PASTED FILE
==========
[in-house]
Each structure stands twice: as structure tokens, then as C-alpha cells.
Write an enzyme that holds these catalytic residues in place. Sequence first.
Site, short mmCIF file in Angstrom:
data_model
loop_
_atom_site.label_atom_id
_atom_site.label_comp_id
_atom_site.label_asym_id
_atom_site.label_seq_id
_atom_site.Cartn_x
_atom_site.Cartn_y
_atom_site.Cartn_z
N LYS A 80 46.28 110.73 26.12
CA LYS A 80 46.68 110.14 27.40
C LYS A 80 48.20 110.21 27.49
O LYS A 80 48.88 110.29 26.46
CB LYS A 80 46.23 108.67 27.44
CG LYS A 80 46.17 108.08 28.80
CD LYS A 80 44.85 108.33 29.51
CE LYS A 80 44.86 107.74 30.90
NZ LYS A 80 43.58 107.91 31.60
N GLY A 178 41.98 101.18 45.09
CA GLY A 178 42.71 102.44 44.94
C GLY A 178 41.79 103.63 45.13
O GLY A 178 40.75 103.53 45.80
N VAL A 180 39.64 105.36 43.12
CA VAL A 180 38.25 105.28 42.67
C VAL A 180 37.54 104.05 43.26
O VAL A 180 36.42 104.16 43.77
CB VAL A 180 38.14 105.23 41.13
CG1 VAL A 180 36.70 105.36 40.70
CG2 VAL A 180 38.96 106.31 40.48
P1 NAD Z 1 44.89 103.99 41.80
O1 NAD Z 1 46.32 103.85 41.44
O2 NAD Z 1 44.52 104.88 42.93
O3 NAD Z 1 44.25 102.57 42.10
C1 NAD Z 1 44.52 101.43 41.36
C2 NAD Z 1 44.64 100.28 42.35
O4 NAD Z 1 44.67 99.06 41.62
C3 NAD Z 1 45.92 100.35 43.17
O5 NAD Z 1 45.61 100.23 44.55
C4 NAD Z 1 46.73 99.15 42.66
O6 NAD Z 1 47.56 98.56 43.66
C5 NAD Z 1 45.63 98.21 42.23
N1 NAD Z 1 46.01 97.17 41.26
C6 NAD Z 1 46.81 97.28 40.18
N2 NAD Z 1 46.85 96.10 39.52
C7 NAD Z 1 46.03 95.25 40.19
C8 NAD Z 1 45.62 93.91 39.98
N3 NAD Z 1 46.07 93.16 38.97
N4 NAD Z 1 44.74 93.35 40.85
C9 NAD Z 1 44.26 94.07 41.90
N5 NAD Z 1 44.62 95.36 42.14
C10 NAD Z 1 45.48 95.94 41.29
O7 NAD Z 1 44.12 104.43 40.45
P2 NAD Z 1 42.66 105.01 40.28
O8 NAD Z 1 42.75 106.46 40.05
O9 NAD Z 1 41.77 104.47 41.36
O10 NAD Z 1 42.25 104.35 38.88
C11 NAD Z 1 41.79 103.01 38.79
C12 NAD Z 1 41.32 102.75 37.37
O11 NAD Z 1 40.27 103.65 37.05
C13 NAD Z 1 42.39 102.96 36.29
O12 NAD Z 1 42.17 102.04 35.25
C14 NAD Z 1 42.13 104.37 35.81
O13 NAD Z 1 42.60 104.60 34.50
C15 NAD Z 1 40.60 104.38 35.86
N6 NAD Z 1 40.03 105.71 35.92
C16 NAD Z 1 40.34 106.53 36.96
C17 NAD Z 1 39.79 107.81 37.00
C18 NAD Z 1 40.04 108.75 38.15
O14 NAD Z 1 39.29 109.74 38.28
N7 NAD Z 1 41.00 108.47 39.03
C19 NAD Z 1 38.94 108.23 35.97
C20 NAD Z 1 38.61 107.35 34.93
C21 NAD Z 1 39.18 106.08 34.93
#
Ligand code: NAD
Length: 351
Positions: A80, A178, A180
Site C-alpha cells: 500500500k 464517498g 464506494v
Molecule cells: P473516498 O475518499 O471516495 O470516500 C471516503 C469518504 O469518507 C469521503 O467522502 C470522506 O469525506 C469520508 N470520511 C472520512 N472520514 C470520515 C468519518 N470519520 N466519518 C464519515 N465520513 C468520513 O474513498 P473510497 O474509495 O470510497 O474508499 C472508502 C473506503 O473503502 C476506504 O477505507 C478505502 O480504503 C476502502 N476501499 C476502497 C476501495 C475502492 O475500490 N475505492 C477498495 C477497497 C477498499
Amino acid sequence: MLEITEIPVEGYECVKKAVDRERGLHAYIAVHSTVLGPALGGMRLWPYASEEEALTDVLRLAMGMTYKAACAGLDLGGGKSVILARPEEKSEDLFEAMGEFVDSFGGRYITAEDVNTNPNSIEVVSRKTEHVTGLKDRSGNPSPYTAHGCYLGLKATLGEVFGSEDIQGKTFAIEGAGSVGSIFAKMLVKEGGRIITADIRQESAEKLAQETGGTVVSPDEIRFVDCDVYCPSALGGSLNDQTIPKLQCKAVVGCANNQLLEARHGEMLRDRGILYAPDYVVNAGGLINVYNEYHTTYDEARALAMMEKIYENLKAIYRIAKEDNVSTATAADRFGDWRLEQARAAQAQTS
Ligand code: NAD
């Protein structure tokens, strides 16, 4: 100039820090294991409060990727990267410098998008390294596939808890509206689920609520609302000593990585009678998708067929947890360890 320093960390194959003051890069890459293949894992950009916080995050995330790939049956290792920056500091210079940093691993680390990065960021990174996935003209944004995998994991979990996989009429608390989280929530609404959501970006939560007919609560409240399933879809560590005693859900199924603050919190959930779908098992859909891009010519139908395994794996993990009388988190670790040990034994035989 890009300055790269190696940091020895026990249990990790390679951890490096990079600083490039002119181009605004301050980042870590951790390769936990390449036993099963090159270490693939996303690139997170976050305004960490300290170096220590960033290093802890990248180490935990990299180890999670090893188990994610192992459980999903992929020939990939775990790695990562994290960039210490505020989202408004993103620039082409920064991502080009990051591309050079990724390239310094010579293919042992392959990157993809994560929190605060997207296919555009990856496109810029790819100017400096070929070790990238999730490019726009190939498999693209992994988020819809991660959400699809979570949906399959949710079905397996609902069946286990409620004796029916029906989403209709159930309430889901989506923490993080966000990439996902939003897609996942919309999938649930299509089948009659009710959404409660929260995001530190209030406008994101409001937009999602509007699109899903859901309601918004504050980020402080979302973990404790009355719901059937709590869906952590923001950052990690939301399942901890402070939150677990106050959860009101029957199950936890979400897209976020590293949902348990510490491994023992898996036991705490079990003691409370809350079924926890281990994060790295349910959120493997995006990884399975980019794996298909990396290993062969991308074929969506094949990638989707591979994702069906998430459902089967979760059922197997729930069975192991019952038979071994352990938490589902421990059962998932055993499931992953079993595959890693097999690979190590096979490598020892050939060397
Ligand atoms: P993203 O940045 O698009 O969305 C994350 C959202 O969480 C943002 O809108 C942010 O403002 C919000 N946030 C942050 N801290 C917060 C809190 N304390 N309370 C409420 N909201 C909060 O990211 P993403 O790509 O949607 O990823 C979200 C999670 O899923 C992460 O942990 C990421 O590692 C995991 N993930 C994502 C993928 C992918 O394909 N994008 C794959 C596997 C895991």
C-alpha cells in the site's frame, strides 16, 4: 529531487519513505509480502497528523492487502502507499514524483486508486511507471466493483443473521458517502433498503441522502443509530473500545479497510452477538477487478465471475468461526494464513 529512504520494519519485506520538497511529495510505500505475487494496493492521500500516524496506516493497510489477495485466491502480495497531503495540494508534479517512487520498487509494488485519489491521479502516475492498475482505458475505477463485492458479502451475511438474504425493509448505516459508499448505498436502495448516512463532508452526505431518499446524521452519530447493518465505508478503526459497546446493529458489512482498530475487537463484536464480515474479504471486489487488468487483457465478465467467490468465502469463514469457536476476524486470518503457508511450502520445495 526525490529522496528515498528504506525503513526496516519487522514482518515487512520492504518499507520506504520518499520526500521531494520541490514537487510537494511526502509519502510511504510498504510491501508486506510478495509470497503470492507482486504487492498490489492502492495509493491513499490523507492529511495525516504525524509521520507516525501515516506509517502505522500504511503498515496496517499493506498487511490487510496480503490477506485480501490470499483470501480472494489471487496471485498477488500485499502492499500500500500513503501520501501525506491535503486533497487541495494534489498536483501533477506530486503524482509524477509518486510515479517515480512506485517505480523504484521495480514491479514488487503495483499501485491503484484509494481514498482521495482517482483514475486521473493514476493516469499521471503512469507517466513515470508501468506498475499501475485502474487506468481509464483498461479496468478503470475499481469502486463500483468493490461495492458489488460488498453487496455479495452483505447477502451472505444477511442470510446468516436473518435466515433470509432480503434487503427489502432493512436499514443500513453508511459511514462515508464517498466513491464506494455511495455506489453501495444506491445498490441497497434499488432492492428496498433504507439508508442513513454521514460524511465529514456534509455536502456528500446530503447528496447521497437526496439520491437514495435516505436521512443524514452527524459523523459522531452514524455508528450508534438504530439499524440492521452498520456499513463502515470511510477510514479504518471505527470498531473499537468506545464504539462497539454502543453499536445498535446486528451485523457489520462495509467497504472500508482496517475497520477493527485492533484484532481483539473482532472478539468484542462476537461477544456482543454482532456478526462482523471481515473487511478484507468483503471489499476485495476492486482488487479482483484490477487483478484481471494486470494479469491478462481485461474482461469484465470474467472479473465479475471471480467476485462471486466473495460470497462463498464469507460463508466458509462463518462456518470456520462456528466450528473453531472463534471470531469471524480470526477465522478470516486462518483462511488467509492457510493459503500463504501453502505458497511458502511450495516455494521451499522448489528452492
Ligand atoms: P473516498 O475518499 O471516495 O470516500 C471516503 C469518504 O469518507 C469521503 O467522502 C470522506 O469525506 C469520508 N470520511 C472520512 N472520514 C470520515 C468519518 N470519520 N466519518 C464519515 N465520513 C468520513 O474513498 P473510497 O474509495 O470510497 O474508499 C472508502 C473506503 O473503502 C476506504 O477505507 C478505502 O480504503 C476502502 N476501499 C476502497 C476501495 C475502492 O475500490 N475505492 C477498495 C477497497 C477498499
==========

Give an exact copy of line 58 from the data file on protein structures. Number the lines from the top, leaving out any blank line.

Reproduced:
O8 NAD Z 1 42.75 106.46 40.05